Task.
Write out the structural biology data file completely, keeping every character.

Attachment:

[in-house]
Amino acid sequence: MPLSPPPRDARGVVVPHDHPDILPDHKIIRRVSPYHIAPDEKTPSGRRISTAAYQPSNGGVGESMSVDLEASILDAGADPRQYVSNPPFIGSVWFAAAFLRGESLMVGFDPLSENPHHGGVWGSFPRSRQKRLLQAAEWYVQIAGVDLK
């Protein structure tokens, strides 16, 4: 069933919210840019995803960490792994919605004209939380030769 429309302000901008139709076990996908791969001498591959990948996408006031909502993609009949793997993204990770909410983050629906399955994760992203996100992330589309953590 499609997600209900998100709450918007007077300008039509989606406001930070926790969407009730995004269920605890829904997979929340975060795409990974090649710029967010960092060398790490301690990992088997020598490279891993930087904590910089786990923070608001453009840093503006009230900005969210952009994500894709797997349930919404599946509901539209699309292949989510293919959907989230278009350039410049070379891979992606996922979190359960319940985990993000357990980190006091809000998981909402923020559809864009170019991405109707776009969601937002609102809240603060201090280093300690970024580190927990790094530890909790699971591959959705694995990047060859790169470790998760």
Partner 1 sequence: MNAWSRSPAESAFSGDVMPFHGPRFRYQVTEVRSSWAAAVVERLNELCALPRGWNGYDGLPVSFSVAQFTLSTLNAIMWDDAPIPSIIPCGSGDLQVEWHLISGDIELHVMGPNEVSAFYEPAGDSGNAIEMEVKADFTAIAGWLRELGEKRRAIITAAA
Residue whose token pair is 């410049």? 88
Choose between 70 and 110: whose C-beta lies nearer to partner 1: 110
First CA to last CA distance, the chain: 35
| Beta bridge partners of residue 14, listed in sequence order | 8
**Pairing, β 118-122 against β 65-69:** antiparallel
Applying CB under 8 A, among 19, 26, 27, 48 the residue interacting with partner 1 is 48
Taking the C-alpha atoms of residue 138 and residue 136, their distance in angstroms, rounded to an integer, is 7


[in-house]
Amino acid sequence: MPLSPPPRDARGVVVPHDHPDILPDHKIIRRVSPYHIAPDEKTPSGRRISTAAYQPSNGGVGESMSVDLEASILDAGADPRQYVSNPPFIGSVWFAAAFLRGESLMVGFDPLSENPHHGGVWGSFPRSRQKRLLQAAEWYVQIAGVDLK
């Protein structure tokens, strides 16, 4: 069933919210840019995803960490792994919605004209939380030769 429309302000901008139709076990996908791969001498591959990948996408006031909502993609009949793997993204990770909410983050629906399955994760992203996100992330589309953590 499609997600209900998100709450918007007077300008039509989606406001930070926790969407009730995004269920605890829904997979929340975060795409990974090649710029967010960092060398790490301690990992088997020598490279891993930087904590910089786990923070608001453009840093503006009230900005969210952009994500894709797997349930919404599946509901539209699309292949989510293919959907989230278009350039410049070379891979992606996922979190359960319940985990993000357990980190006091809000998981909402923020559809864009170019991405109707776009969601937002609102809240603060201090280093300690970024580190927990790094530890909790699971591959959705694995990047060859790169470790998760």
Partner 1 sequence: MNAWSRSPAESAFSGDVMPFHGPRFRYQVTEVRSSWAAAVVERLNELCALPRGWNGYDGLPVSFSVAQFTLSTLNAIMWDDAPIPSIIPCGSGDLQVEWHLISGDIELHVMGPNEVSAFYEPAGDSGNAIEMEVKADFTAIAGWLRELGEKRRAIITAAA
Residue whose token pair is 């410049």? 88
Choose between 70 and 110: whose C-beta lies nearer to partner 1: 110
First CA to last CA distance, the chain: 35
| Beta bridge partners of residue 14, listed in sequence order | 8
**Pairing, β 118-122 against β 65-69:** antiparallel
Applying CB under 8 A, among 19, 26, 27, 48 the residue interacting with partner 1 is 48
Taking the C-alpha atoms of residue 138 and residue 136, their distance in angstroms, rounded to an integer, is 7